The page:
Tarzan and the Leopard Men

Chapter 23

Converging Trails

Edgar Rice Burroughs

EARLY the next morning they started for the river, but they had not gone far when the wind veered into the north, and Tarzan halted. His delicate nostrils questioned the tell-tale breeze.

“There is a camp just ahead of us,” he announced. “There are white men in it.”

Old Timer strained his eyes into the forest. “I can see nothing,” he said.

“Neither can I,” admitted Tarzan; “but I have a nose.”

“You can smell them?” asked Kali.

“Certainly, and because my nose tells me that there are white men there I assume that it is a friendly camp; but we will have a look at it before we go too close. Wait here.”

He swung into the trees and was gone, leaving the man and the girl alone together; yet neither spoke what was in their heart. The constraint of yesterday still lay heavily upon him. He wanted to ask her forgiveness for having taken her into his arms, for having dared to kiss her. She wanted him to take her into his arms again and kiss her. But they stood there in silence like two strangers until Tarzan returned.

“They are all right,” announced the ape-man. “It is a company of soldiers with their white officers and one civilian. Come! They may prove the solution of all your difficulties.”

The soldiers were breaking camp as Tarzan and his companions arrived. The surprised shouts of the black soldiers attracted the attention of the white men—two officers and a civilian—who came forward to meet them. As his eyes fell upon the civilian, Old Timer voiced an exclamation of surprise.

“The Kid!” he exclaimed, and the girl brushed past him and ran forward, a glad cry upon her lips.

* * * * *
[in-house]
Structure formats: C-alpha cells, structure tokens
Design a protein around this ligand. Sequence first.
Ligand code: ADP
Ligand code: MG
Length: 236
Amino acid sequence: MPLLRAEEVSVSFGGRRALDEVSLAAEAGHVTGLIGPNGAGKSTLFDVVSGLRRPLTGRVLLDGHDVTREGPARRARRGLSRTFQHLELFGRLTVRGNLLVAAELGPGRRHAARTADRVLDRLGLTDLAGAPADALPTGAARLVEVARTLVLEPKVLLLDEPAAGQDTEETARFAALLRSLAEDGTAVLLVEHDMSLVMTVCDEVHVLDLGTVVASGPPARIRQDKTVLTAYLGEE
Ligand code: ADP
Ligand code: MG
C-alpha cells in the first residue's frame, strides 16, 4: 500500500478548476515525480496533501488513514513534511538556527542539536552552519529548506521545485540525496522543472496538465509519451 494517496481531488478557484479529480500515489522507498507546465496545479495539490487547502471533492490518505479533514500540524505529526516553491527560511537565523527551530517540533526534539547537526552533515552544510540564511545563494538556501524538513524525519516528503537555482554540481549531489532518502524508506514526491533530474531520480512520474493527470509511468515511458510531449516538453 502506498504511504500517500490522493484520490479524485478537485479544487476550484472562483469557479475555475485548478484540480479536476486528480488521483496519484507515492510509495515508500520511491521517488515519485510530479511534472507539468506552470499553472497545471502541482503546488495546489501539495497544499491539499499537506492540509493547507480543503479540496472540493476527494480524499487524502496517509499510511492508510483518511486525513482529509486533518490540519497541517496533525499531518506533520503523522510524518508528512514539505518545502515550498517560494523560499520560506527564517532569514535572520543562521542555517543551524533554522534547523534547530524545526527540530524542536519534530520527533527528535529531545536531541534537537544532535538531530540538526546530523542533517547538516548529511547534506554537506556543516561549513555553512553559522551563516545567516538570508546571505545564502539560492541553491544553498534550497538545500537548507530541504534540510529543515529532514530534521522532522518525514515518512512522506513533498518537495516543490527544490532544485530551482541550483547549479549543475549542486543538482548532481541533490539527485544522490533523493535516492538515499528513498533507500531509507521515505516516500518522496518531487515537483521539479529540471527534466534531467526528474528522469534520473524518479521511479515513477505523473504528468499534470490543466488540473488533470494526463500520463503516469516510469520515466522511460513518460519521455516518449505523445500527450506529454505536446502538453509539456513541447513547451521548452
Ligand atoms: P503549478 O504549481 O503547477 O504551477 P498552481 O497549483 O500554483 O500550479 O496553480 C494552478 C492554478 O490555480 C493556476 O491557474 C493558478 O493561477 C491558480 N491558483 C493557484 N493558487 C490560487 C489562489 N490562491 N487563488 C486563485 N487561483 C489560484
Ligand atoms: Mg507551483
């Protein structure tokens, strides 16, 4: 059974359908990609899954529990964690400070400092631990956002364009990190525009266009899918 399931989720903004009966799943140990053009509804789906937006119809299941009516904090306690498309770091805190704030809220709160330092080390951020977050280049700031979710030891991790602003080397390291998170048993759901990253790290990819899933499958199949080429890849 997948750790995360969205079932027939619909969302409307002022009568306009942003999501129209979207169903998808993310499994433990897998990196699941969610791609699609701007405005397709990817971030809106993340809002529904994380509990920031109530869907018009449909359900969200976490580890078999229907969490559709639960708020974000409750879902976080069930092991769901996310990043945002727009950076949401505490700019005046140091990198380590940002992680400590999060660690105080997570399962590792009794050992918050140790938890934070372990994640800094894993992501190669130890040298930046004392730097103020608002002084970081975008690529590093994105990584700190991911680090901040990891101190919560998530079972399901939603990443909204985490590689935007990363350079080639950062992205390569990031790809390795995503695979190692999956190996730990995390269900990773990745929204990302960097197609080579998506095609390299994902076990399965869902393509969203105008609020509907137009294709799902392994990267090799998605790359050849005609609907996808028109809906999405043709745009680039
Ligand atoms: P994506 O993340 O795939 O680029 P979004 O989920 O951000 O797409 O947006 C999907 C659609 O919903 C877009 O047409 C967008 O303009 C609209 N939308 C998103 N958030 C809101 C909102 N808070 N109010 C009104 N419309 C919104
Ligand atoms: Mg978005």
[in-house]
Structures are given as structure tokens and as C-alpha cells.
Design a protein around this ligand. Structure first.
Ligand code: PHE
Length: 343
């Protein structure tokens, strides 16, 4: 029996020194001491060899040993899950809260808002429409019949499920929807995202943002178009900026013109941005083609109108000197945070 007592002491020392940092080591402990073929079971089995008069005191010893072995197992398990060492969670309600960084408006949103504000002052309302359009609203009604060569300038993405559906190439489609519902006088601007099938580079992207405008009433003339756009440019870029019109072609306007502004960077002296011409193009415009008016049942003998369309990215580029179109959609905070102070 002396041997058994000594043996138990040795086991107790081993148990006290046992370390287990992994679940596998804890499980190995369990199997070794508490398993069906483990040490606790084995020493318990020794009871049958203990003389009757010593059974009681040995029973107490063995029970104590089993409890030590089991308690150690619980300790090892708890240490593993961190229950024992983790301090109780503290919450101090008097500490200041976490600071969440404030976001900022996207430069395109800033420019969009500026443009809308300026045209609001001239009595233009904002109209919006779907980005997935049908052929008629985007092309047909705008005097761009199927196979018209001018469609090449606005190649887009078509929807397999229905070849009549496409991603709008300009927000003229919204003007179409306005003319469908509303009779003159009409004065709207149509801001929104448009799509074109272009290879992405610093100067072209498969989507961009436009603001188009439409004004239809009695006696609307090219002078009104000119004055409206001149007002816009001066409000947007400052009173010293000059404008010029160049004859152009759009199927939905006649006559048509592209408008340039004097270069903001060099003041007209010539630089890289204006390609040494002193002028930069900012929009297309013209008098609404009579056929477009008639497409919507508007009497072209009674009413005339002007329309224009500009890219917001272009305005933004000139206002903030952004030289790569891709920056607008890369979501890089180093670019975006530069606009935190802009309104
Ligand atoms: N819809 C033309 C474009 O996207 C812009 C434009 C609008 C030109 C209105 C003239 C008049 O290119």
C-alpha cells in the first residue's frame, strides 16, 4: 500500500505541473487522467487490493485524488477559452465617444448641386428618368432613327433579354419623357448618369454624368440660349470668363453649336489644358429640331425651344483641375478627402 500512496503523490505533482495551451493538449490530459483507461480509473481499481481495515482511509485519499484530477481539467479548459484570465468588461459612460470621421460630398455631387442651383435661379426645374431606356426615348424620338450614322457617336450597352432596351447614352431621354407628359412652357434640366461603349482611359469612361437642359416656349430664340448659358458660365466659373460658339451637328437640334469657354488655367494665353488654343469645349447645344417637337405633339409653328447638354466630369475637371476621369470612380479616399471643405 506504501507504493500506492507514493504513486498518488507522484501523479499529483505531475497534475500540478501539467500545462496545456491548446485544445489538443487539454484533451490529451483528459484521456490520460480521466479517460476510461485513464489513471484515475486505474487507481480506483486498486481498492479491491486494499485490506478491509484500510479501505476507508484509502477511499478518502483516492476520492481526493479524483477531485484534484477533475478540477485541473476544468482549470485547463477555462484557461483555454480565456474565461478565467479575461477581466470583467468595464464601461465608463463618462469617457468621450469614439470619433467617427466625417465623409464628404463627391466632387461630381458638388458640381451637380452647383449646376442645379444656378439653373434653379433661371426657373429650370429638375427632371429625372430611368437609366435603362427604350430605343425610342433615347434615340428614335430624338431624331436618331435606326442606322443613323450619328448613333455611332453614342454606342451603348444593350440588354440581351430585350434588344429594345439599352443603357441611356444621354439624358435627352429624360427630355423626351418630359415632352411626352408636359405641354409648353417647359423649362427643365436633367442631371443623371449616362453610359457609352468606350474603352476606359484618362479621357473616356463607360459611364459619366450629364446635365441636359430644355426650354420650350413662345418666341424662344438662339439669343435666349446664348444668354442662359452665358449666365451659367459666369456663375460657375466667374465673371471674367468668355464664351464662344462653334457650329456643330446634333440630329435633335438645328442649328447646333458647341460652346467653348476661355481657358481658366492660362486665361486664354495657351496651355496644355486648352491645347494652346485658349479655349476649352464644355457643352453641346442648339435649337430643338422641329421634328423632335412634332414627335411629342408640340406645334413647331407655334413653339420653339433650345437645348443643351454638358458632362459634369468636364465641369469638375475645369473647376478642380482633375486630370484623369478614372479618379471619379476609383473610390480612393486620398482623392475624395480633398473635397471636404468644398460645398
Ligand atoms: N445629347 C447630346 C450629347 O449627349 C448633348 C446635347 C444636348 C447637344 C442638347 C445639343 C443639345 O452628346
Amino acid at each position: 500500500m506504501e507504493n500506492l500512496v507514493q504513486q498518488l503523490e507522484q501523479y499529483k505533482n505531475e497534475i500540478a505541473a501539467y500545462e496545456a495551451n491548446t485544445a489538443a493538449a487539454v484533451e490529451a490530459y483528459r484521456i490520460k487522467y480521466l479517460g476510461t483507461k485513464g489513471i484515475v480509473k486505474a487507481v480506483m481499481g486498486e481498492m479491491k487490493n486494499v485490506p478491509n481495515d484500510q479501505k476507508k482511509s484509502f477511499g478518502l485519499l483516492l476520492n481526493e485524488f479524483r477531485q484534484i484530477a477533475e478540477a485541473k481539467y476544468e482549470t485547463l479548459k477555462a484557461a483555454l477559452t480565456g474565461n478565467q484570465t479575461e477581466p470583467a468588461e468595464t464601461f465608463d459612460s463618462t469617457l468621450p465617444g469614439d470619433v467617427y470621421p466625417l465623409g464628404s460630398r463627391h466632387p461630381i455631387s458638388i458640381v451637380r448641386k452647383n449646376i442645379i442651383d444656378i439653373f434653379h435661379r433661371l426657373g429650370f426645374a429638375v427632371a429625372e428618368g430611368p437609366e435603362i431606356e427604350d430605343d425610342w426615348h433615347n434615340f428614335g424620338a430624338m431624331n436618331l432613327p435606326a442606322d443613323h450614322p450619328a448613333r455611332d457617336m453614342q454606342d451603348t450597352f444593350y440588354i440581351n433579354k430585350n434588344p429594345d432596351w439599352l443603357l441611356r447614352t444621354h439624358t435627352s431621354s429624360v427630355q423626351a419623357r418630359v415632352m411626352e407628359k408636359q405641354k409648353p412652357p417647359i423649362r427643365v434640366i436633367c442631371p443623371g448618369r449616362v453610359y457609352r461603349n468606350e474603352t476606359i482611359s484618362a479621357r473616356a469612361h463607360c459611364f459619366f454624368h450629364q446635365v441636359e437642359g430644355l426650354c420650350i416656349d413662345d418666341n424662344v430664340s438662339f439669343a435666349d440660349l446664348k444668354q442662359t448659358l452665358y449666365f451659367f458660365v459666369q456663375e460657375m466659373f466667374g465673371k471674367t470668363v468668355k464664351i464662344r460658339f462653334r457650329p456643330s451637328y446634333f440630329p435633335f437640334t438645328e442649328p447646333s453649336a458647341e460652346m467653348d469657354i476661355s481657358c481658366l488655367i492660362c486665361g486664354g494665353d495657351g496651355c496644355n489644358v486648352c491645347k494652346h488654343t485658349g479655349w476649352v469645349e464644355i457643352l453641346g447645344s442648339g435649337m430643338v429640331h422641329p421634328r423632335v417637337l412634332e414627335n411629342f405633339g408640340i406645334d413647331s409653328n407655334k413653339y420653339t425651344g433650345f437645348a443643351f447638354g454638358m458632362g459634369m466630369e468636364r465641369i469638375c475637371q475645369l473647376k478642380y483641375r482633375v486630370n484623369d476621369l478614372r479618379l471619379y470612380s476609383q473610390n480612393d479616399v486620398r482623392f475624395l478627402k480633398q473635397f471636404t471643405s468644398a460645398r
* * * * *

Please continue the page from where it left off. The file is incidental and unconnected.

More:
“Jerry! Jerry!” she cried as she threw herself into The Kid’s arms.

Old Timer’s heart sank. Jerry! Jerry Jerome, his best friend! What cruel tricks fate can play.

When the greetings and the introductions were over, the strange combination of circumstances that had brought them together thus unexpectedly were explained as the story of each was unfolded.

“Not long ago,” the lieutenant in command of the expedition explained to Kali, “we heard rumors of the desertion of your men. We arrested some of them in their villages and got the whole story. Then I was ordered out to search for you. We had come as far as Bobolo’s yesterday when we got an inkling of your whereabouts from a girl named Nsenene. We started for the Betete village at once and met this young man wandering about, lost, just as we were going into camp here. Now you have assured the success of my mission by walking in on me this morning. There remains nothing now but to take you back to civilization.”

“There is one other thing that you can do while you are here,” said Old Timer.

“’And that?” inquired the lieutenant.

“There are two known Leopard Men in the village of Bobolo. Three of us have seen them in the temple of the Leopard God taking active parts in the rites. If you wish to arrest them it will be easy.”

“I certainly do,” replied the officer. “Do you know them by sight?”

“Absolutely,” stated Old Timer. “One of them is an old witch-doctor named Sobito, and the other is Bobolo himself.”

“Sobito!” exclaimed Tarzan. “Are you sure?”

“He is the same man you carried away from the temple, the man you called Sobito. I saw him drifting down the river in a canoe the morning after I escaped.”

“We shall arrest them both,” said the officer, “and now as the men are ready to march, we will be off.”

“I shall leave you here,” said the ape-man. “You are safe now,” he added, turning to the girl. “Go out of the jungle with these men and do not come back; it is no place for a white girl alone.”

“Do not go yet,” exclaimed the officer. “I shall need you to identify Sobito.”

“You will need no one to identify Sobito,” replied the ape-man, and swinging into a tree, he vanished from their sight.

“And that is that,” commented The Kid.